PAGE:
Now a dry parish. Syleham was recorded in Domesday as "Seilam" or "Seilanda". John Speed's 1610 map shows it as "Sylam".
The village seems to have developed as two settlements, one along the Waveney Valley and the other up on the hill. The upper village is set around the Great Green, with several farms still in operation and a ruined windmill, which was moved here from Wingfield in 1823, tailwinded in 1947 and run with an engine until 1967. The mill was wrecked in the great storm of 1987.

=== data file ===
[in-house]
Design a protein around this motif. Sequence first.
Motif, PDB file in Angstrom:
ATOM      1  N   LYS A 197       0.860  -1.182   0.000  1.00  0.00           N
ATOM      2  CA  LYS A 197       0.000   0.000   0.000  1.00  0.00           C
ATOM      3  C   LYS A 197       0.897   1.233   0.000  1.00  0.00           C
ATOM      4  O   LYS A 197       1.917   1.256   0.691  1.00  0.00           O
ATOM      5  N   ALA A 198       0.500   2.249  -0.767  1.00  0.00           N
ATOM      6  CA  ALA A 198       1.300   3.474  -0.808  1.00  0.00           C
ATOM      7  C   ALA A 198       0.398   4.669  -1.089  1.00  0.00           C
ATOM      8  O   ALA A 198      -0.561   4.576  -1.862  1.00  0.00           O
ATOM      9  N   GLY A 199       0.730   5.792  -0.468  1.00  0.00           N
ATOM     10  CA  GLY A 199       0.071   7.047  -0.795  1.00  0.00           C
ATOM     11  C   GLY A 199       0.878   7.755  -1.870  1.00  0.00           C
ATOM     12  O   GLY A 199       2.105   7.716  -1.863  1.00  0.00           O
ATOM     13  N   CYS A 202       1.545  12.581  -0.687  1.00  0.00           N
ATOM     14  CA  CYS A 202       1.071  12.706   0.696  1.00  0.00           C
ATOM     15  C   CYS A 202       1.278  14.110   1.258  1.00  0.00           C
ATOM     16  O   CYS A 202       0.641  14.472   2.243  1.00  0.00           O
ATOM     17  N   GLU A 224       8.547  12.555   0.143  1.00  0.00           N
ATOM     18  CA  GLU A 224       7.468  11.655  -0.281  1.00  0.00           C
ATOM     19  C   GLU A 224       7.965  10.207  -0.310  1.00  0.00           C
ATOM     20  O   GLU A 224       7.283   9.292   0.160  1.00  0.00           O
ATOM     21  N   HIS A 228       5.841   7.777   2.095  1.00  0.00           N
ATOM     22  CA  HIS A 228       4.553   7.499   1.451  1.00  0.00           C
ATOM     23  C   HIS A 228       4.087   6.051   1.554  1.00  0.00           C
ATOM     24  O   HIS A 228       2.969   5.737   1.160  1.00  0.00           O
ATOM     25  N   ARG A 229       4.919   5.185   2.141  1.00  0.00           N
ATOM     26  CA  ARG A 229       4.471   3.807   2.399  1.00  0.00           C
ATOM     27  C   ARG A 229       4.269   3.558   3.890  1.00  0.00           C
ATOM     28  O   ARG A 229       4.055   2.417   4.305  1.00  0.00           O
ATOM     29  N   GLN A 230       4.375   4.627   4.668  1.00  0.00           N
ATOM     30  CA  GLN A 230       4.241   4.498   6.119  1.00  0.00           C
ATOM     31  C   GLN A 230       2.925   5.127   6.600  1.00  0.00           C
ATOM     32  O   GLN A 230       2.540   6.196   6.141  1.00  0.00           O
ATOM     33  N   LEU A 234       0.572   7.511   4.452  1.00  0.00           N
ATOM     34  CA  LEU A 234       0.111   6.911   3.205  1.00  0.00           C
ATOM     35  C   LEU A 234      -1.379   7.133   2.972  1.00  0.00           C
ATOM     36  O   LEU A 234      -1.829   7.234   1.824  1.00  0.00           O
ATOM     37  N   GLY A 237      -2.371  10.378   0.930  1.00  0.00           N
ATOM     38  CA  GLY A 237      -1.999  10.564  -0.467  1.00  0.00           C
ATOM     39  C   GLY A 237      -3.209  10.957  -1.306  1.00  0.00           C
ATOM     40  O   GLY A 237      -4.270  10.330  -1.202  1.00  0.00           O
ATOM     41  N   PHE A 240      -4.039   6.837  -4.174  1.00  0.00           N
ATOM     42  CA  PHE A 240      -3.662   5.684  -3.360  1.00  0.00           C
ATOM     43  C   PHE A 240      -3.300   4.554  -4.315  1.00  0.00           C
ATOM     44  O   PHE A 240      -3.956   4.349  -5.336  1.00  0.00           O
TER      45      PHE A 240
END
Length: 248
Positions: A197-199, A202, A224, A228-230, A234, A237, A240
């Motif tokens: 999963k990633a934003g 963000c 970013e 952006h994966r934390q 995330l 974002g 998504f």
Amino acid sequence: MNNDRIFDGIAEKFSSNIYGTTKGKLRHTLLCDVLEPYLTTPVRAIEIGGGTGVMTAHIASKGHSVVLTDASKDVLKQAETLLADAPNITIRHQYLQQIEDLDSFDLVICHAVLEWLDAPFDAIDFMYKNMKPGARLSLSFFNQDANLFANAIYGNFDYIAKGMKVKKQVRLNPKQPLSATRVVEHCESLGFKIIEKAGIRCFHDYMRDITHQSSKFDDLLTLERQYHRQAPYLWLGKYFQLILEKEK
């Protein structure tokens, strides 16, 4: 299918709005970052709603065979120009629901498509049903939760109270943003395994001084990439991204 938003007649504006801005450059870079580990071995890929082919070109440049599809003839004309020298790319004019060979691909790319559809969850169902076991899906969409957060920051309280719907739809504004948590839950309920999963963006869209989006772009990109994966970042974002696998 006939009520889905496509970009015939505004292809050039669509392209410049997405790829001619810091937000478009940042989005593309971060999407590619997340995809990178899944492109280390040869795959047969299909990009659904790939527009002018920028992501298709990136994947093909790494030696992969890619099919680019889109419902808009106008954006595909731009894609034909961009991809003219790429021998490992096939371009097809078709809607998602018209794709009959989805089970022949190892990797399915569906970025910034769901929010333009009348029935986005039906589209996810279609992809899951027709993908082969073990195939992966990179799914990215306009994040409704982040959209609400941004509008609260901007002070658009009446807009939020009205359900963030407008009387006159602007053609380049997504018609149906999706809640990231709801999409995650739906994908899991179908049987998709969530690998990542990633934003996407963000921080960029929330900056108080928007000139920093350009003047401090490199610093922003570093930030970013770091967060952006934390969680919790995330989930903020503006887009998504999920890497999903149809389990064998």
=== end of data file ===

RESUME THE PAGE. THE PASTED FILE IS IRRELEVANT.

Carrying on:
The site of a water mill (now residential), in the valley by the toll bridge to Brockdish, is clearly evident and (within living memory) there was once a thriving drabbet factory alongside. This would have been an important source of employment for the village and a reminder of the local flax growing industry.
Monks Hall also provides a reminder of the link with Thetford Priory and was once used as the monks' hunting lodge.
The 1844 White's Directory also lists a beer house run by James Crickmore. [Black Horse?]